Wilson grew up in a house on Bedford Avenue in Pittsburgh. As a young man, he began frequenting a neighborhood establishment, Pat’s Place, to listen to the older men there and absorb the history and culture of the African American community reflected in their stories and conversations, much as it is reflected in the characters’ dialogue in Jitney. Such names as “Bedford” and “Pat’s Place” and the nickname “Youngblood,” which Wilson was given by the older men, find their way into Jitney, suggesting that the community of Wilson’s youth was an important influence on the play.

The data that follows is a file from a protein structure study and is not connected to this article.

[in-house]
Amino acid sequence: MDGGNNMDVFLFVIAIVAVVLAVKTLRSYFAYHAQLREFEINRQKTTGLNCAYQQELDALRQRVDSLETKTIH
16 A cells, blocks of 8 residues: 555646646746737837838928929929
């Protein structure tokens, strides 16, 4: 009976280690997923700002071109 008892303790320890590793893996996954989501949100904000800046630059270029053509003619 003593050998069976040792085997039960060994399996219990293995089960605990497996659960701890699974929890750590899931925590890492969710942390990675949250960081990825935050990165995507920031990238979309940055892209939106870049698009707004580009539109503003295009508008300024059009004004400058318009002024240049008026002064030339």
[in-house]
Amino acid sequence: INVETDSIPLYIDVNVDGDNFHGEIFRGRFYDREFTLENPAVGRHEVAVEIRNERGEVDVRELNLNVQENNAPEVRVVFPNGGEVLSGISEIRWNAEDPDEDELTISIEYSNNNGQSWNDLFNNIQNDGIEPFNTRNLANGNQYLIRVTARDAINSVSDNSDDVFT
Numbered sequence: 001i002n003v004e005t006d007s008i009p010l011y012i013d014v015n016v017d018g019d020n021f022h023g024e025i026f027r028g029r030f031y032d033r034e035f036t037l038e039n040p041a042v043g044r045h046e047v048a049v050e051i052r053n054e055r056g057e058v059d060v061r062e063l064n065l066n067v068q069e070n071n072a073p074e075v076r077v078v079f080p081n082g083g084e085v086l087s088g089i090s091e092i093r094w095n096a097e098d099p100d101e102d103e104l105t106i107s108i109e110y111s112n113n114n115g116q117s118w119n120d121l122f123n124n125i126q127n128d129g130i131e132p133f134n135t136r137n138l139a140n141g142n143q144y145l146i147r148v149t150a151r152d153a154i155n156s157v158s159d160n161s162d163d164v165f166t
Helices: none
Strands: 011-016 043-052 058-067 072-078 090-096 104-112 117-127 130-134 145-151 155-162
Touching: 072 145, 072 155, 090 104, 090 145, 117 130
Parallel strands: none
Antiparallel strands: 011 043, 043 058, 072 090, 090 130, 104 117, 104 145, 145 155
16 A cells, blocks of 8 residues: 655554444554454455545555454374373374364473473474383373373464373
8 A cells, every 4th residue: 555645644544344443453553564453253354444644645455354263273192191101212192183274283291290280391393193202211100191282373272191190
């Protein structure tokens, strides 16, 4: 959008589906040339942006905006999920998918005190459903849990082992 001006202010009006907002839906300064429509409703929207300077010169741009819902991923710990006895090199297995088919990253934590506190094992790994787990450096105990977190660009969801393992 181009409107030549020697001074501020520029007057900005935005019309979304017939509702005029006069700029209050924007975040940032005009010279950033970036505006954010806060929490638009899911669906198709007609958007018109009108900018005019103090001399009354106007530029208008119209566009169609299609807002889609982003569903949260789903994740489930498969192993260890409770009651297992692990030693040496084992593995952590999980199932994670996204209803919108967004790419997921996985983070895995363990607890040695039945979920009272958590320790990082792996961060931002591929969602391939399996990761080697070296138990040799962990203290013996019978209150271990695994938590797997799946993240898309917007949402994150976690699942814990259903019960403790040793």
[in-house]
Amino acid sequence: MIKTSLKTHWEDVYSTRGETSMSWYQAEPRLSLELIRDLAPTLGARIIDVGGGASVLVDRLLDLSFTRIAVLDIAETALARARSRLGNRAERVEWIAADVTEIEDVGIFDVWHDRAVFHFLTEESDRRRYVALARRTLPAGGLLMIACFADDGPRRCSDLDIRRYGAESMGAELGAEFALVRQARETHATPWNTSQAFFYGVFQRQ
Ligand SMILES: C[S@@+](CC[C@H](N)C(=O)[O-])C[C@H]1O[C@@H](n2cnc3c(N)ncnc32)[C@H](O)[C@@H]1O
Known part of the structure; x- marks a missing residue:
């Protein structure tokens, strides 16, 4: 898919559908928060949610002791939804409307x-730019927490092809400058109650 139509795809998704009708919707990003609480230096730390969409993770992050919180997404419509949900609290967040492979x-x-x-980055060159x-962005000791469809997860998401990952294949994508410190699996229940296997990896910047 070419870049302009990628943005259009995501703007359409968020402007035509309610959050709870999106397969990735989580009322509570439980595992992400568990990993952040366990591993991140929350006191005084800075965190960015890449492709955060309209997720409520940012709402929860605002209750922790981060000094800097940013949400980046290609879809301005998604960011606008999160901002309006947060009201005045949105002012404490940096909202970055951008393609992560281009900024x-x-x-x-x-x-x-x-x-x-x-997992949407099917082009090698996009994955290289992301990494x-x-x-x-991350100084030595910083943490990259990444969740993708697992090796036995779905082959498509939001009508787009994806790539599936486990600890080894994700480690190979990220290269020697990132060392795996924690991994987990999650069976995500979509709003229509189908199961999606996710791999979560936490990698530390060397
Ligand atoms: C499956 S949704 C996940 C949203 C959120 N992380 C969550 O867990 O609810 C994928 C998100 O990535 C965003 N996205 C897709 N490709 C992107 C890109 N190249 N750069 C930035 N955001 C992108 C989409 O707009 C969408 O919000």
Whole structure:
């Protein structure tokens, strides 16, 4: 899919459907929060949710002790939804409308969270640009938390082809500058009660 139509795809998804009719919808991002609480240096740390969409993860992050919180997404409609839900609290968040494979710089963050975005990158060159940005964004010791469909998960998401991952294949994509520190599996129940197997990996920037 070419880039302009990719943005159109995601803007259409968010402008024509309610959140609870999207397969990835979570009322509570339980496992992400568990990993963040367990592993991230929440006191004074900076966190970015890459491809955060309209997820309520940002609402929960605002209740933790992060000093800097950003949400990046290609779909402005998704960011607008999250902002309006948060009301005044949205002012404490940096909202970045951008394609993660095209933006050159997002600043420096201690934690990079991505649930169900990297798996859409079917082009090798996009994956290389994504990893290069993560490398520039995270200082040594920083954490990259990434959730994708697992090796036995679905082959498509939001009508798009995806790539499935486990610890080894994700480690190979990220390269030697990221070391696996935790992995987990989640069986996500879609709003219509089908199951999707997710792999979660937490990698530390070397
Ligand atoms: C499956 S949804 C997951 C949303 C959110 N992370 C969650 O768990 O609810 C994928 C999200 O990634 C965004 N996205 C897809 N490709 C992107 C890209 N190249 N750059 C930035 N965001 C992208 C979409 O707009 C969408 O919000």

Jitney was the first of what was to become Wilson’s ten-play cycle, and he revised it many years later, after he had written a number of the other plays. Jitney contains references to such characters as Bono, Pope, Philmore, and Memphis Lee, who are mentioned or appear in Wilson’s Fences (pr., pb. 1985) and Two Trains Running (pr. 1990, pb. 1992). So another important context for Jitney is the ten-play cycle of which it is a part. According to Joan Herrington, Wilson’s first version of the play was much shorter, and his revisions substantially developed the characters, especially the relationship between Becker and Booster. It is only in the final version, for example, that Becker decides he will fight city hall, and Booster answers the phone saying “car service,” suggesting he will pick up his father’s banner. Jitney and Wilson’s other plays have won numerous awards and are uniquely ambitious in American drama. They achieve Wilson’s stated goal: to put African American culture onstage and demonstrate its ability to offer sustenance.